Greece - Mining



The minerals industry, consisting of the mining, industrial minerals, and metal processing sectors, was a small but important part of the national economy. Greece, the only Balkan country in the EU, was the union's largest producer of bauxite, magnesium, nickel, and perlite, and was second to the US in bentonite production (from Milos Island). Chromite (from Tsingeli Mines, near Volos) and zinc (from Kassandra Mines, in Olympias and Stratoni) were other important commodities. Greek marble, produced in all parts of the country, continued to play a leading role in the international dimension stone market because of its versatility and many colors (ash, black, brown, green, pink, red, and multicolored). With the exception of bauxite, Greece's mines operated far below their productive capacity. A relatively small industrial base, lack of adequate investment, and distance from EU markets have restricted the export potential of the country; the emerging Balkan markets could offer opportunities for growth. About 50% of the country's mineral production was exported. Northern Greece was thought to contain a significant amount of exploitable mineral resources, and most new activities were directed toward gold.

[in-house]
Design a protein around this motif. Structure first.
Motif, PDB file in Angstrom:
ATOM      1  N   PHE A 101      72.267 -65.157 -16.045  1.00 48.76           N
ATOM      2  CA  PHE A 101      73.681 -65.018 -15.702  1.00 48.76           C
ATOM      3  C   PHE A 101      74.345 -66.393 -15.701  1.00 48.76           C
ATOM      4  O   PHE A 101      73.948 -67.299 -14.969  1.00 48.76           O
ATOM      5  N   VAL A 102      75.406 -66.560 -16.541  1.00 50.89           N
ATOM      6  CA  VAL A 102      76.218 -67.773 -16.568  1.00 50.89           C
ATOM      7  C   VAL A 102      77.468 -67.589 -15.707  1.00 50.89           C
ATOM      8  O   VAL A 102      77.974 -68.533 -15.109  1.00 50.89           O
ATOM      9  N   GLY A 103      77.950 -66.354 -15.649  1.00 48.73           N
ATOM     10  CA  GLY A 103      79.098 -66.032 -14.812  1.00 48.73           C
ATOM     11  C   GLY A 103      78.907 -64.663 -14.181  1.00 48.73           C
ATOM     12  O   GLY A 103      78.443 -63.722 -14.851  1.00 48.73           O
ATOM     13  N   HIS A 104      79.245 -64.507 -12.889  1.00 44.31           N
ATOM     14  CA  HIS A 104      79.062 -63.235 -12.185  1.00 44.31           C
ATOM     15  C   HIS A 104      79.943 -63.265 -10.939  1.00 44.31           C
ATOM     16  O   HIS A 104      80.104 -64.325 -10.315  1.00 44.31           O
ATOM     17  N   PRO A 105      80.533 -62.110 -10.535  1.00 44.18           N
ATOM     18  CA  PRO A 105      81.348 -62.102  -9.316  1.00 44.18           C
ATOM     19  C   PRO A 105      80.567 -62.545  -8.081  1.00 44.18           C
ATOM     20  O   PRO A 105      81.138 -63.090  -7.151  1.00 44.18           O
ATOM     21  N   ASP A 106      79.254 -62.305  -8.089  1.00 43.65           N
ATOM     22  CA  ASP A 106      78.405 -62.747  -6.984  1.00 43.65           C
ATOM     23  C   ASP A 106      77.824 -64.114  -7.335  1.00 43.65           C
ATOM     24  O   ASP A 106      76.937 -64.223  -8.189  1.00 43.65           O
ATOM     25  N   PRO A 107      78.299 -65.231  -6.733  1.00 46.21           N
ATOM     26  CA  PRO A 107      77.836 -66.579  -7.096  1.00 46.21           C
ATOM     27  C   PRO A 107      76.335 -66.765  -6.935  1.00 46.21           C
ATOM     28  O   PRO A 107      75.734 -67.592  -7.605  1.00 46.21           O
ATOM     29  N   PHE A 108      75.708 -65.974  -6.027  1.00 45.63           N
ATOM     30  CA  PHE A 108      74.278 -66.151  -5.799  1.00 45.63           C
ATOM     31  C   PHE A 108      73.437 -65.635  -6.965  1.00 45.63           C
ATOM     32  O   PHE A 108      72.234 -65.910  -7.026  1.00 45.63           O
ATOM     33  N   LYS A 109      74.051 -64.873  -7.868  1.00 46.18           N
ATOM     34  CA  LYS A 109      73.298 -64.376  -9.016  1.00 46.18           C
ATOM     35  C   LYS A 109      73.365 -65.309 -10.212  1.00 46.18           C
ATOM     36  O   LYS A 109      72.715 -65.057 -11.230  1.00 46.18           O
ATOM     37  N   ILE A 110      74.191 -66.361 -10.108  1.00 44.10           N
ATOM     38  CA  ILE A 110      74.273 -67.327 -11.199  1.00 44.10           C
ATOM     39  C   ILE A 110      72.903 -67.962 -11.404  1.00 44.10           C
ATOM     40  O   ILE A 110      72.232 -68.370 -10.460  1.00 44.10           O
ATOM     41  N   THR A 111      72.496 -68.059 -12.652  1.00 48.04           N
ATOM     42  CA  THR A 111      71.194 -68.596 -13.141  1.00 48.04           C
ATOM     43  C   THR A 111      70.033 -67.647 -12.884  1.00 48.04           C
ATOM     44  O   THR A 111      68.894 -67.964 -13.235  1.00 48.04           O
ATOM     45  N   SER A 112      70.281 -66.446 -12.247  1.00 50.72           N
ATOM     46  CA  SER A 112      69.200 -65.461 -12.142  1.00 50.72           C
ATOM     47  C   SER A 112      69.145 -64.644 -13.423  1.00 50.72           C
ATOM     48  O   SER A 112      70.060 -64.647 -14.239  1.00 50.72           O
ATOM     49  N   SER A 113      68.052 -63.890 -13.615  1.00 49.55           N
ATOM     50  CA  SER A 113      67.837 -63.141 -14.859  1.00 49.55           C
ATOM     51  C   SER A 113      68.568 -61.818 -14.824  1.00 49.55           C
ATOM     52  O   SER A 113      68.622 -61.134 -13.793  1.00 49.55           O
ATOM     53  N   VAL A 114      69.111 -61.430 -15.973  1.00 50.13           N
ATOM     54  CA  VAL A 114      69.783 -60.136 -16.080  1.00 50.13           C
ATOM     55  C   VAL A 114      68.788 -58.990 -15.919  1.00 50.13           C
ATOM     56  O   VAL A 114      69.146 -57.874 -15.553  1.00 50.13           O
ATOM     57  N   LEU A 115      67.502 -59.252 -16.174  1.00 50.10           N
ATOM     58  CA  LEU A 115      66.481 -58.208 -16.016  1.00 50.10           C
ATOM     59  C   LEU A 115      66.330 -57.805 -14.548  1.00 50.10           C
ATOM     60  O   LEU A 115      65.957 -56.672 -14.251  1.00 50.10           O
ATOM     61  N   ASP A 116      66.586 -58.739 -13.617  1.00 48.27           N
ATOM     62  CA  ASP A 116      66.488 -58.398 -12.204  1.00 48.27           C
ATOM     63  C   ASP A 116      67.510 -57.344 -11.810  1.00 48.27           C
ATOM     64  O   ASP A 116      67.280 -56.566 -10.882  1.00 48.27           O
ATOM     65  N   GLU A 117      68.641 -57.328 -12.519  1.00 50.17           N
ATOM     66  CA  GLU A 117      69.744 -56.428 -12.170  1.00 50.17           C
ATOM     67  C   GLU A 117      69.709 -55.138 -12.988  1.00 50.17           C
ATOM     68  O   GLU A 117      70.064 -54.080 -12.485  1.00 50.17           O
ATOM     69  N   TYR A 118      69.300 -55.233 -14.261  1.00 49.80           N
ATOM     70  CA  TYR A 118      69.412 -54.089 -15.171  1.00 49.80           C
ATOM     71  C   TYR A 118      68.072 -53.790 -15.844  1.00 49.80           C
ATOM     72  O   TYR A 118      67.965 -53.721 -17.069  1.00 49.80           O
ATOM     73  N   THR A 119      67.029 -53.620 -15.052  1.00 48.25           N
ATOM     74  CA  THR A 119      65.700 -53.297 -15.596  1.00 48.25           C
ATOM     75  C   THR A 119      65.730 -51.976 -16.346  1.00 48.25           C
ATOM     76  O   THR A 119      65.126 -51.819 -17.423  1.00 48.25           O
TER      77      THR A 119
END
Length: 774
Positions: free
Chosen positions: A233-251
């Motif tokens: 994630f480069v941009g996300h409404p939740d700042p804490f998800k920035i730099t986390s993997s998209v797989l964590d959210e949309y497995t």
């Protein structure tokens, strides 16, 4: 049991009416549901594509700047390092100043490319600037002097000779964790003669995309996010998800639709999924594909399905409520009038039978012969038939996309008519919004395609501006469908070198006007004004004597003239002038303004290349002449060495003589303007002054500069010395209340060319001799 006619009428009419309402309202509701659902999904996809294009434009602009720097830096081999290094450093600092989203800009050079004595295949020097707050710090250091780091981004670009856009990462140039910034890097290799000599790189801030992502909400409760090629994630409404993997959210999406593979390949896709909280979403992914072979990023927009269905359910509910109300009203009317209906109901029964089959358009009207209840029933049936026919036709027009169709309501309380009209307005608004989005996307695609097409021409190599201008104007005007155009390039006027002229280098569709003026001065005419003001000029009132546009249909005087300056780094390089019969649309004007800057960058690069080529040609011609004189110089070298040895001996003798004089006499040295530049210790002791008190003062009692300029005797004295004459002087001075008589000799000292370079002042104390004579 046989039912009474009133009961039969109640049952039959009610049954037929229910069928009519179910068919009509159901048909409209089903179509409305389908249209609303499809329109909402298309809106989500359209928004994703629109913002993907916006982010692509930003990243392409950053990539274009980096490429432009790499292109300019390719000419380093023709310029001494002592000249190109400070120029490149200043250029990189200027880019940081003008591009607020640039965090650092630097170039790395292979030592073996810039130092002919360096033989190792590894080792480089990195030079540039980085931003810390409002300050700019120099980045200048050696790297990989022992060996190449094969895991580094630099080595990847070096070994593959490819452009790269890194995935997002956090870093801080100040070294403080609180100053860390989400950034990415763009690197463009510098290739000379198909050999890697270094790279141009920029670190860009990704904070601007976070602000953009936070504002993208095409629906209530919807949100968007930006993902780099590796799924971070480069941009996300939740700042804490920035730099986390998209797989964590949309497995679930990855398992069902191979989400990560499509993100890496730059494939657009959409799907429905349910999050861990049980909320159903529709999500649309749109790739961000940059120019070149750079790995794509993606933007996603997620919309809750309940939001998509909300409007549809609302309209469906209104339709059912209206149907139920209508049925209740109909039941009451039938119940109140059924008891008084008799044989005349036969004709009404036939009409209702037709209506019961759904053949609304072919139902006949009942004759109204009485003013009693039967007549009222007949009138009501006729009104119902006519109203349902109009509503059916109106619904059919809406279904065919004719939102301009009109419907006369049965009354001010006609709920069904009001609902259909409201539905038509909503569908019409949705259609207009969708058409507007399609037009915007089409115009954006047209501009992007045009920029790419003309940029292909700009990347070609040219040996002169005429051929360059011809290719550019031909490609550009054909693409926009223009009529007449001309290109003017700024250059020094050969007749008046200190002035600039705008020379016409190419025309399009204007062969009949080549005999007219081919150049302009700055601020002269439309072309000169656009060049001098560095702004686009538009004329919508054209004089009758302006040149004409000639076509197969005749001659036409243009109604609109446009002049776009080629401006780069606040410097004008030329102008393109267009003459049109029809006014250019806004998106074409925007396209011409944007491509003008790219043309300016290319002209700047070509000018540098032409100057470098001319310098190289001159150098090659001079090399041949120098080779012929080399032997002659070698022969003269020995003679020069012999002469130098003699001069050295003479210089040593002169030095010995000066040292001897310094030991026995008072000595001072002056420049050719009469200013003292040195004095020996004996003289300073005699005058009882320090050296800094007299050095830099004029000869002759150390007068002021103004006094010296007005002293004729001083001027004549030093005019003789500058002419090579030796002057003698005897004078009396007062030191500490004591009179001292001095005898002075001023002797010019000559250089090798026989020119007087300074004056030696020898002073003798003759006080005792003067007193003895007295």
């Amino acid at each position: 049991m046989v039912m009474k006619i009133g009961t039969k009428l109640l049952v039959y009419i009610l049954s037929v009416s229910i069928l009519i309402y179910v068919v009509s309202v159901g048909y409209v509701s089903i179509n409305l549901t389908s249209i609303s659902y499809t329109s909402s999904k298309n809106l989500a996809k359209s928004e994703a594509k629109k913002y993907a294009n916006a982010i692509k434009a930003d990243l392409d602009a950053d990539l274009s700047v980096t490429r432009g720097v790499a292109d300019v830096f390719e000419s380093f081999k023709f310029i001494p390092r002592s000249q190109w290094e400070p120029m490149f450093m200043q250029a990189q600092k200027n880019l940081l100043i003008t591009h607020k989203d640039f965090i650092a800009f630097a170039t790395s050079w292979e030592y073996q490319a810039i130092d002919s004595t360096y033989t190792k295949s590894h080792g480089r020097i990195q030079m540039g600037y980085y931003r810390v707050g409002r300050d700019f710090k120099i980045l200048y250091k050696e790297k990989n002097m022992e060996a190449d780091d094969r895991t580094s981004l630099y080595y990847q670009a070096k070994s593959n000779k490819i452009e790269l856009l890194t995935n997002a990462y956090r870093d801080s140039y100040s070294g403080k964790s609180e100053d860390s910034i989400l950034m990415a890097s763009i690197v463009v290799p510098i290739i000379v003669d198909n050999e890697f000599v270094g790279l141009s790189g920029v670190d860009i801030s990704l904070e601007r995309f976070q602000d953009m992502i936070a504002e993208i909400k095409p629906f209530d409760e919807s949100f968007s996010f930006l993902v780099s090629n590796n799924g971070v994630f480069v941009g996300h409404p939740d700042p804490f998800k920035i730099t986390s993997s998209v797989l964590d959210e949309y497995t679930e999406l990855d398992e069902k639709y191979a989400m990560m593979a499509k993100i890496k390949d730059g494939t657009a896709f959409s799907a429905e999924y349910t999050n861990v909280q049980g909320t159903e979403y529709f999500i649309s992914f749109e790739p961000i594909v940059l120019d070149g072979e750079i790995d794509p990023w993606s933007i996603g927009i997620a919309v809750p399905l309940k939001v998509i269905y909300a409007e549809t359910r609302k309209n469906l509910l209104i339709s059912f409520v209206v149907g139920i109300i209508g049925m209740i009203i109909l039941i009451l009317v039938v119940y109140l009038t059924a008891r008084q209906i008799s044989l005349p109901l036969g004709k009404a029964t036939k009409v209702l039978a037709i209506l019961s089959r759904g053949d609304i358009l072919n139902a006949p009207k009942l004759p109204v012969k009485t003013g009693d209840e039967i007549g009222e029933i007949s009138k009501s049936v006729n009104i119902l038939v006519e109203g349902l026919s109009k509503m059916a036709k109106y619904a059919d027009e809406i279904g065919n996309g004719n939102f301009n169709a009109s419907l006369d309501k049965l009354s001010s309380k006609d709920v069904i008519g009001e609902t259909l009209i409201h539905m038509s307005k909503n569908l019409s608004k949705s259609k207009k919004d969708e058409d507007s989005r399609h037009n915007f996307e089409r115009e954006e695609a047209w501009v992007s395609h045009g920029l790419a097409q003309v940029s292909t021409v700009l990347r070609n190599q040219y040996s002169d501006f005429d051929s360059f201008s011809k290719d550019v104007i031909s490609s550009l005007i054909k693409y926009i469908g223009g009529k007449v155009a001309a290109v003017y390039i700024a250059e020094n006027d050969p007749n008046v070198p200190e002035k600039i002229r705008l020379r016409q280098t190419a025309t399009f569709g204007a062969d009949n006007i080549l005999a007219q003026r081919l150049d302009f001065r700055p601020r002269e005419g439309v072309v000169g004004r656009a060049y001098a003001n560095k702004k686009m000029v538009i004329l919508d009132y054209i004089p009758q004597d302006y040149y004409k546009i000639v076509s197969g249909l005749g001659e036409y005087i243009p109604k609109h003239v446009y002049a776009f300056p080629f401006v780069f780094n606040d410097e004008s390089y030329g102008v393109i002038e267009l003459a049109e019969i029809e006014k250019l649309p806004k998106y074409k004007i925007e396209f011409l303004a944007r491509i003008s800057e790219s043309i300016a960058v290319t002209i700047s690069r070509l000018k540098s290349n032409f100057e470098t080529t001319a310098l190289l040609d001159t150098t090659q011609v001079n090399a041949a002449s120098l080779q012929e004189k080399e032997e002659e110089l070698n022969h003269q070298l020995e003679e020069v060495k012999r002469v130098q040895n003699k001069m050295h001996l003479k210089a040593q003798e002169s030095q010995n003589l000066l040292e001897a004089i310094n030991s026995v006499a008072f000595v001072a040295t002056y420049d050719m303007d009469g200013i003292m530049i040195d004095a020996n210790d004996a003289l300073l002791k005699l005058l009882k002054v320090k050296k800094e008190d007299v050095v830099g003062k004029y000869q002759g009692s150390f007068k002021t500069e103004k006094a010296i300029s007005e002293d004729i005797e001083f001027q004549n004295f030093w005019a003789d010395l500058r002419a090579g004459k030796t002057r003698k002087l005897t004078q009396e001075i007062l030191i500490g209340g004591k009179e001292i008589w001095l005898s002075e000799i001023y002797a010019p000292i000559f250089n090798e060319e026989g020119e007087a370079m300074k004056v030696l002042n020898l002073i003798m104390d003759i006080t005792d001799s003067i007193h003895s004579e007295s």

Production outputs for 2001 were: bauxite, 1.99 million tons, compared to 1.82 million tons in 1998 and 3.1 million tons in 1980; nickel (content of forronickel), 16,870 tons; crude perlite, 600,000 tons, down from 777,898 in 1999; and crude magnesite, 500,000 tons, down from 650,000 in 1998. Other types of magnesite produced were dead-burned, caustic-calcined, and crude huntite/hydromagnesite, which had unique flame-retardant properties. Grecian Magnesite S.A., with its open-pit mine at Yerakini, was a leading magnesite producer in the western world. Also produced in 2001 were alumina, lead, manganese, silver, barite, cement, kaolin, feldspar, gypsum (from Crete), anhydrite, nitrogen, pozzolan (Santorin earth, from Milos), pumice (from Yali), salt, silica, sodium compounds, dolomite, marble, flysch, quartz, sulfur, zeolite, and crude construction materials. No asbestos was produced in 1999–2001; ore output was 4 million tons in 1998 and 5 million tons in 1996. Other mineral deposits of commercial importance were antimony, gold (placer dredger), asbestos, emery, ceramic clay, talc, and limestone. Industrial processing of mineral ores was very limited until the 1960s and 1970s, when facilities for refining nickeliferous iron ore and bauxite were developed. In 2000, five mining companies handled 60% of the mineral industry's production.

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